1. I will say, from a purely aesthetic perspective, I kind of feel like Tobacco Field is sort of, “it’s so bad, it’s good.” Holiday’s blue box is uselessly garish. But, regardless, I approve of the City enforcing their policy on neon.

  5. Apparently, some of you are lucky enough to not have to leave Northfield very often! I wish I didn’t have to commute, but because I do, I’ve noticed that pretty much every Holiday station around has these terrible blue neon signs now. It started sometime early last winter, I believe. The Northfield Holiday isn’t unique in their signage, relative to other stores in their chain, and I’m sure they didn’t have a choice in the matter. Whether or not it’s in compliance with city code was probably never considered.

      1. Oh, of course. I’m just suggesting that because it was a corporate move, the local ordinances may (or may not) have been overlooked.

        From the municipal code on signage, above:

        “Each guideline shall be applied for each sign application based upon review by the city planner: (A) Neon lights are permitted for messages and symbols, but shall not flash.”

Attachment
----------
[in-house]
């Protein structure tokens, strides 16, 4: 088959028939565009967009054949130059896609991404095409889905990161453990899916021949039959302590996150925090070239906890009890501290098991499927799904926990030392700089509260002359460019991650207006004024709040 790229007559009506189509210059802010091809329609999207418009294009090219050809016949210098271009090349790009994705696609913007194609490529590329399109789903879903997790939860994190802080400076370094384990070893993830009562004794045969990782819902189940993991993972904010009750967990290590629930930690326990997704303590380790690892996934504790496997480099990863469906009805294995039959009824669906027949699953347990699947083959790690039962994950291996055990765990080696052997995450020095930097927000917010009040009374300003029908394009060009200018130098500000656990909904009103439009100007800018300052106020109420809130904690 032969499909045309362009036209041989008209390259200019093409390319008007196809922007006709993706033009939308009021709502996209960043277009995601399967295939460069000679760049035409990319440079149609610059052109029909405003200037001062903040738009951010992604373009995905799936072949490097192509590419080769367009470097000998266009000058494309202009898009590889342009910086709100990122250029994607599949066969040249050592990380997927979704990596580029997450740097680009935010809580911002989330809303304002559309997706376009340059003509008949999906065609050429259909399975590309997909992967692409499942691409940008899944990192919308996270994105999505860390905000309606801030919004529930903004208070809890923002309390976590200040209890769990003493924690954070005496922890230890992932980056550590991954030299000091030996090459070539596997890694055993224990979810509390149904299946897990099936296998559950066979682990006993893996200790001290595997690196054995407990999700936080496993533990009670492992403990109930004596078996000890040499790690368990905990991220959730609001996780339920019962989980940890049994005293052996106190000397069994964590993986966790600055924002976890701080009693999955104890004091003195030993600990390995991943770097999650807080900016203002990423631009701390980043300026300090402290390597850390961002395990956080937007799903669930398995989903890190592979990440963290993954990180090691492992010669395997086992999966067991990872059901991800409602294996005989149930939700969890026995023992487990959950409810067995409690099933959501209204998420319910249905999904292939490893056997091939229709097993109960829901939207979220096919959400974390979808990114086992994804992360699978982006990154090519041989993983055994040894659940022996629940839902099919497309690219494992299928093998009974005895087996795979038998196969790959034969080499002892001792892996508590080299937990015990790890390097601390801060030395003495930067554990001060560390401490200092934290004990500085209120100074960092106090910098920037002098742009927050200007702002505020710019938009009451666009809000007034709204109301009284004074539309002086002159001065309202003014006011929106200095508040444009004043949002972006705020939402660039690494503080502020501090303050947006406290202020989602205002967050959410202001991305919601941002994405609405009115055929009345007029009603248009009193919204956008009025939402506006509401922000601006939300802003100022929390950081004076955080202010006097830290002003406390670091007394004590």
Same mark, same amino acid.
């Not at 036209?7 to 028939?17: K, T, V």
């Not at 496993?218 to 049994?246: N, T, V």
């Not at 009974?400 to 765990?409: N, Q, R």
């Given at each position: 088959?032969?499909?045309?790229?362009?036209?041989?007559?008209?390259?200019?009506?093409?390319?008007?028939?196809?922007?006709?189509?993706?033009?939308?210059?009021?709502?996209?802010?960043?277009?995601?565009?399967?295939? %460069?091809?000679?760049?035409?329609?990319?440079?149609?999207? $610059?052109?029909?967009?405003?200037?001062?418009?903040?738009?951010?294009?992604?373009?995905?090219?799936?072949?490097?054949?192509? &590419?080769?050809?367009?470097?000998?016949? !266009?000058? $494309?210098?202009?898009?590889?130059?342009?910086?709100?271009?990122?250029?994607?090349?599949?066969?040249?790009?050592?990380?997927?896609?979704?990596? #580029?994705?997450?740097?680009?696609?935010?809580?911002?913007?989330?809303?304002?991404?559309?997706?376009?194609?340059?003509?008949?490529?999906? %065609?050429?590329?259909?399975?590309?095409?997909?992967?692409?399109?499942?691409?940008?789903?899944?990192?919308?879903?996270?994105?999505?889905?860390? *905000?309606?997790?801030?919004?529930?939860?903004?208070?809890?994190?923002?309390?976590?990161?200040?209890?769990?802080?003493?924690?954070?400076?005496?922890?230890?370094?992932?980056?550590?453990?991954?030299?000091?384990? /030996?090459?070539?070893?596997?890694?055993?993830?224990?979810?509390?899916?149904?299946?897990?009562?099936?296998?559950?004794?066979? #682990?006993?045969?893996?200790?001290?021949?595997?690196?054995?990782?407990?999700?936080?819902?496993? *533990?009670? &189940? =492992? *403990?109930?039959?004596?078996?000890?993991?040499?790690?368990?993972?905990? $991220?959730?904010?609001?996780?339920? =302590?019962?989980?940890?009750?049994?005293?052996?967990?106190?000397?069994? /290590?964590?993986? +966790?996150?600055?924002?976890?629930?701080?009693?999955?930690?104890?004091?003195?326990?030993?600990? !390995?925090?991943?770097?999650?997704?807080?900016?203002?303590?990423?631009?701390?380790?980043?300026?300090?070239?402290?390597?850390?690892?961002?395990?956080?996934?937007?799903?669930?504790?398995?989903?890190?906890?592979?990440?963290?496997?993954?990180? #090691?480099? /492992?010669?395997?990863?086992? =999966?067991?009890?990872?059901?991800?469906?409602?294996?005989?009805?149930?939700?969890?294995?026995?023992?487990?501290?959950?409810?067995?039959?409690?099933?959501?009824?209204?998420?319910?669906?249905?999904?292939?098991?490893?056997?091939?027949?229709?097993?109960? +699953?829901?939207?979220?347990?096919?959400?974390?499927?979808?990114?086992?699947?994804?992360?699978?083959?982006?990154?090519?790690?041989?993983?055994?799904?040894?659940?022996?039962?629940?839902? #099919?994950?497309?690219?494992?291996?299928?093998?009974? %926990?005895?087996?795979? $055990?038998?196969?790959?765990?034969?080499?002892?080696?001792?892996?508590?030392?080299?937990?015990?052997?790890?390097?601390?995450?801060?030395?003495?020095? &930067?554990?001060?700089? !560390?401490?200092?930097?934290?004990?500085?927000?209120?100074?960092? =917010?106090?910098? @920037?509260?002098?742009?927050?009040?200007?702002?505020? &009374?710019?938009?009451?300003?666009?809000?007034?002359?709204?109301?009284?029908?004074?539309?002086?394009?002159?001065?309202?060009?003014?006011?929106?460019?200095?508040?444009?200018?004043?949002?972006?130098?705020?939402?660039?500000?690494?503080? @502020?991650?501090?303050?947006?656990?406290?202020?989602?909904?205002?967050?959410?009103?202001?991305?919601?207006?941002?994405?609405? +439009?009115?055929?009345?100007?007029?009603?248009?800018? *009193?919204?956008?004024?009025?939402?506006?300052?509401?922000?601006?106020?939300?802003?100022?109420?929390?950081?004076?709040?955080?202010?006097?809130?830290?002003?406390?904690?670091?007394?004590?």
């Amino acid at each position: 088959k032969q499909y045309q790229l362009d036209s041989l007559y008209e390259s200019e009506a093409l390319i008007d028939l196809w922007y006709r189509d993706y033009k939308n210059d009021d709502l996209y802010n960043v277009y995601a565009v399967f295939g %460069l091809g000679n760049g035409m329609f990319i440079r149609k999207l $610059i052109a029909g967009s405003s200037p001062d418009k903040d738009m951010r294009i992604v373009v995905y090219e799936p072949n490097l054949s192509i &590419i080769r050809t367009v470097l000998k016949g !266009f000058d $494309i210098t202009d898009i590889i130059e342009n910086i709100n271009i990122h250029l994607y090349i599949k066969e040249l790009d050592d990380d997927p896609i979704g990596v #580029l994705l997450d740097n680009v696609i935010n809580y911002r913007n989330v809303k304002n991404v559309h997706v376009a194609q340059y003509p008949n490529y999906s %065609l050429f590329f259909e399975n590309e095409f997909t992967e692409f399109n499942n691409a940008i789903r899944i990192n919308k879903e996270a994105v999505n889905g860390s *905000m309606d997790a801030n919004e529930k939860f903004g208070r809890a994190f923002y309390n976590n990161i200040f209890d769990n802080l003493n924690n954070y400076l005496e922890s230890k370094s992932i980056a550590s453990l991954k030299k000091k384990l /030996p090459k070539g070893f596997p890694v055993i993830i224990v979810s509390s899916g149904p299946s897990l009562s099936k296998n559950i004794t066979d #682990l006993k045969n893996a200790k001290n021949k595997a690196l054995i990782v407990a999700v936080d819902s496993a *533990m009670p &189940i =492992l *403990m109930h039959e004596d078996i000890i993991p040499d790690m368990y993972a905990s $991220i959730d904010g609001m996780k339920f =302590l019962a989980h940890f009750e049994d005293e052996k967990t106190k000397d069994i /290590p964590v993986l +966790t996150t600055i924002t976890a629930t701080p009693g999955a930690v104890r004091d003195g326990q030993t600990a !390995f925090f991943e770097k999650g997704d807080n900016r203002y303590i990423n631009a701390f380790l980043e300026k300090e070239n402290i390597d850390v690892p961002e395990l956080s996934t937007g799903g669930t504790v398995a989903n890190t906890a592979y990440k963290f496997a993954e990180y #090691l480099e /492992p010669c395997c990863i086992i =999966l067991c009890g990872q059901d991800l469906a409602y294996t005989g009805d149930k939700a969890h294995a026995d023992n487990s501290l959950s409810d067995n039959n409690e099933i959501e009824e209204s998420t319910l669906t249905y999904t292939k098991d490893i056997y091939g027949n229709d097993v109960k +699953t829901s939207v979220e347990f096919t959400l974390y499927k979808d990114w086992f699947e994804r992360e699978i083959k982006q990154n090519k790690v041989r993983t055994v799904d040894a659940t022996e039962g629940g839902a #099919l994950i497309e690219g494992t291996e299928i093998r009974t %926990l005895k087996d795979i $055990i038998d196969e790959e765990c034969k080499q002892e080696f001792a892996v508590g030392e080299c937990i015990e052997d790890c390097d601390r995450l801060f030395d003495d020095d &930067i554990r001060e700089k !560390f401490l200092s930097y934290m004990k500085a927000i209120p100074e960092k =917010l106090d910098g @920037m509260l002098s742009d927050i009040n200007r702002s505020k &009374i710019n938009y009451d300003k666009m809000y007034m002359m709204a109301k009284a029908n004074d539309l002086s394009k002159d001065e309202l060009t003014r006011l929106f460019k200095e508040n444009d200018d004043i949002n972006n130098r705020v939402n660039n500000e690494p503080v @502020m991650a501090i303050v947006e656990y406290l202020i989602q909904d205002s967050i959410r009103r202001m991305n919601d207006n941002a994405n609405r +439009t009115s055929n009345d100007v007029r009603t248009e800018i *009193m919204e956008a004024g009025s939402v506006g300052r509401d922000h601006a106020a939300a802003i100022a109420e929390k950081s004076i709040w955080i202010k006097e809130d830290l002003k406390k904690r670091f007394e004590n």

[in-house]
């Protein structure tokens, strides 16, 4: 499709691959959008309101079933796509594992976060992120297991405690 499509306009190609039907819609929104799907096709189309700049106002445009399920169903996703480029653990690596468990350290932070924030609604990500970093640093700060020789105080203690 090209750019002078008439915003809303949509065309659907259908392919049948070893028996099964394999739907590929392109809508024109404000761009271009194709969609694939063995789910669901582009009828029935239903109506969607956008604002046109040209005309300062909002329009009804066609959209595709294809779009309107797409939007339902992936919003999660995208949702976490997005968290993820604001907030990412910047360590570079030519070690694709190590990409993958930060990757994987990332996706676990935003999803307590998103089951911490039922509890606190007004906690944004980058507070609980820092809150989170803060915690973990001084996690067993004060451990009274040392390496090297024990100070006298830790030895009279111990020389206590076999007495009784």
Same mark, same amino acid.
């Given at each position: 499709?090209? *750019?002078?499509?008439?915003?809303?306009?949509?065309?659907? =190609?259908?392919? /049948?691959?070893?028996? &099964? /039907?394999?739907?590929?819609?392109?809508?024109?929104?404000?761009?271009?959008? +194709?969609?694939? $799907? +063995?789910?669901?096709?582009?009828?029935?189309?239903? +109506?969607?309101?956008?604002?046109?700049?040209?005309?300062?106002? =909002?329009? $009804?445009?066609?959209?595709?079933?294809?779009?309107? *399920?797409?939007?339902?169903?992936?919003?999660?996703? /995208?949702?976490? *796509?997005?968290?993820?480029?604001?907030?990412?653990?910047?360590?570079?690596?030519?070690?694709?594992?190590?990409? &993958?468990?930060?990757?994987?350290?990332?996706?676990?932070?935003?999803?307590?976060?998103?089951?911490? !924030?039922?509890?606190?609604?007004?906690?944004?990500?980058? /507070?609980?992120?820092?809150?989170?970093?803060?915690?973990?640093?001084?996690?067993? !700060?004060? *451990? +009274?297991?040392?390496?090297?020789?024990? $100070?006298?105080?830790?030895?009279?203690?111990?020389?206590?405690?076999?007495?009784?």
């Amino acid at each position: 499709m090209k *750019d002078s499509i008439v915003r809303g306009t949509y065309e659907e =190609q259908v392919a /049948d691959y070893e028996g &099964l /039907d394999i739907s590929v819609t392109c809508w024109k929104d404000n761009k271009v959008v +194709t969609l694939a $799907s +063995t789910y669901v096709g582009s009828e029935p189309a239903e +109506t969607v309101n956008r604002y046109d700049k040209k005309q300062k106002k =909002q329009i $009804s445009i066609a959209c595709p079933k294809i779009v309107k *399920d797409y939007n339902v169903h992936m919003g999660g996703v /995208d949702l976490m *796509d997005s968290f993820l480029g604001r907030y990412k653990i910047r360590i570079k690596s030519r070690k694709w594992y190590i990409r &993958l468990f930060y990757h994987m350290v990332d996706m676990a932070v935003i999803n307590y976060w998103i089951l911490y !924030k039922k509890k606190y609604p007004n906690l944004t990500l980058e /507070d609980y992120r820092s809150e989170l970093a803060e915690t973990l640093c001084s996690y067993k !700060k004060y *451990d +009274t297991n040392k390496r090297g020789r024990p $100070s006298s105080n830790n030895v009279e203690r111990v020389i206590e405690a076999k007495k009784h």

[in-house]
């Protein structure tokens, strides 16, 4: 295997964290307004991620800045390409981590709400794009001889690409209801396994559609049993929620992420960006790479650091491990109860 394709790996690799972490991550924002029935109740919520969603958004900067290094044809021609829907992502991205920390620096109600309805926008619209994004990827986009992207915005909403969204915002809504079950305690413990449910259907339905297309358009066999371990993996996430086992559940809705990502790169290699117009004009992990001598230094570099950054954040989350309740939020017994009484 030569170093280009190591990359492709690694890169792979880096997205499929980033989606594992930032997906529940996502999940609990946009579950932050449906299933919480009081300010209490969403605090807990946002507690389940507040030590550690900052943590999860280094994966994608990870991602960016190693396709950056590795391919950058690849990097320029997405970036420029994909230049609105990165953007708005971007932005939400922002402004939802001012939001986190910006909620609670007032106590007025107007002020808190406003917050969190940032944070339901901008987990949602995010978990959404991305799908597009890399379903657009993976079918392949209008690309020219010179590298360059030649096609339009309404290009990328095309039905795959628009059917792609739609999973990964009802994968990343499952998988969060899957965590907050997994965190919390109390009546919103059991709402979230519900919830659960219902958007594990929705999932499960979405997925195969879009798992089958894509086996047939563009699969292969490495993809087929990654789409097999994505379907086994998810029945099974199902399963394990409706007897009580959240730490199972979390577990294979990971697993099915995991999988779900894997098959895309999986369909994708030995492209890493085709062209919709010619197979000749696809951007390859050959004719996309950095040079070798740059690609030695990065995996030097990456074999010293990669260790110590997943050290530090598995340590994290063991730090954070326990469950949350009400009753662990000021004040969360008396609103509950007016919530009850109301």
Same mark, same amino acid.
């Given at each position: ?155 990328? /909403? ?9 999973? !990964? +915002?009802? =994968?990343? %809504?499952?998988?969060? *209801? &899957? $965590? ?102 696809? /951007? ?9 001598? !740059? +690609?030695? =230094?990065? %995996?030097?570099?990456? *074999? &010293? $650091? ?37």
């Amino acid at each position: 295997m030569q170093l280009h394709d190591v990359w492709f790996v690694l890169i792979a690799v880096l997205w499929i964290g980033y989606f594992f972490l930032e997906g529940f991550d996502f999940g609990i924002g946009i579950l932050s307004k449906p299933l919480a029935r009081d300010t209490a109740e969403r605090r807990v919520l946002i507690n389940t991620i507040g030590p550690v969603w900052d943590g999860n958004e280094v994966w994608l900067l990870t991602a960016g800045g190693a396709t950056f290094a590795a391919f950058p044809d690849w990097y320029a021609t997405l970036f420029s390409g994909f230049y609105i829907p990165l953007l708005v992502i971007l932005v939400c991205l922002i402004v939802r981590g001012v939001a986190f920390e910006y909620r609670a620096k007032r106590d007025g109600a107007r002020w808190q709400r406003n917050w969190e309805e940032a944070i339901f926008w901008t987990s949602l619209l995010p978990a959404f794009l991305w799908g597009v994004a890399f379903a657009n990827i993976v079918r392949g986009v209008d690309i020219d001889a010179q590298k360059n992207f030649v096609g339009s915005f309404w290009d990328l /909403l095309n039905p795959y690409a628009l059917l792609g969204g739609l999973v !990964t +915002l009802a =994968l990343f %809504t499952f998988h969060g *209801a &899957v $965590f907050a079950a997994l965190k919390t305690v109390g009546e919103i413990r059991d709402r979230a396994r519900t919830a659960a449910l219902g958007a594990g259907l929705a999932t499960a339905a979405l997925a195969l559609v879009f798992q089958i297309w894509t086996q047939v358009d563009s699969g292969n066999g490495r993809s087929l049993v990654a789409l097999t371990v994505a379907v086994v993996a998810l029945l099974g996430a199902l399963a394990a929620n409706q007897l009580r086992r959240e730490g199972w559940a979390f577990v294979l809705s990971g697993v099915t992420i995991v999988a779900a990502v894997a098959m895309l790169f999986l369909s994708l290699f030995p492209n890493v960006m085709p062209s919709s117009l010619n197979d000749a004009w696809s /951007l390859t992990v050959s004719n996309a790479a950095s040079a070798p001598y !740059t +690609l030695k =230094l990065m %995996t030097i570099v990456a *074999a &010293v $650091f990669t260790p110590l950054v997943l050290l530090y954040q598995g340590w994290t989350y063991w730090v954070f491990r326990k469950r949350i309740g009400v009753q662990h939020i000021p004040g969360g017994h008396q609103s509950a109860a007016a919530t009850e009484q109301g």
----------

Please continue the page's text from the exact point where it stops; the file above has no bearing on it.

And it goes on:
So, a few thoughts:
        A) Was there an application presented for review? If so, it must have been approved. If there wasn’t an application, should there have been? One could argue that it was an “upgrade” to an existing sign. Therefore, was an application technically necessary? Dunno.

        B) Is it a “symbol”? Not really. Is it a “message”? No. So what IS it?, and

        C) As annoying as the darn thing is, it doesn’t flash, so it meets that part of the criteria.

        I guess talking about the sundries of signage seems is way more interesting than my homework at the present moment. Procrastination via Locally Grown… 🙂

  6. Bob Will (chair of the HPC) stopped by my corner office this morning at GBM and said that if a flashing neon sign is inside the window of a storefront, then it’s not violating the city’s ordinance.

    So Downtown Tobacco’s and the HideAways’s signs are fine. And maybe Tobacco Field’s sign is too, if they’ve managed to do all that flashing from the inside.

    1. Griff, he seems to be referring to this:

      3.7.5 (f) Window Signs. Signs that are painted or attached to the interior windows that do not cover more than 50 percent of the window shall be exempt.

      While that would make GBM and others okay, that language is a tad ambiguous for Tobacco Field. While the actual sign structure is less than 50% of the window surface, the visual effect is that 100% of the window changes in color, repeatedly. I’d argue that the whole window is being used as a sign and that it should not be exempt.

      It also seems clear from all this that Holiday is not exempt.

    1. The linked article confirms that these are LED’s – which explains the glaring intensity of the Holiday’s blue lights, which you just wouldn’t get with traditional neon-type lights. Does the city have any regulations regarding the brightness of signage lights that would have any relevance?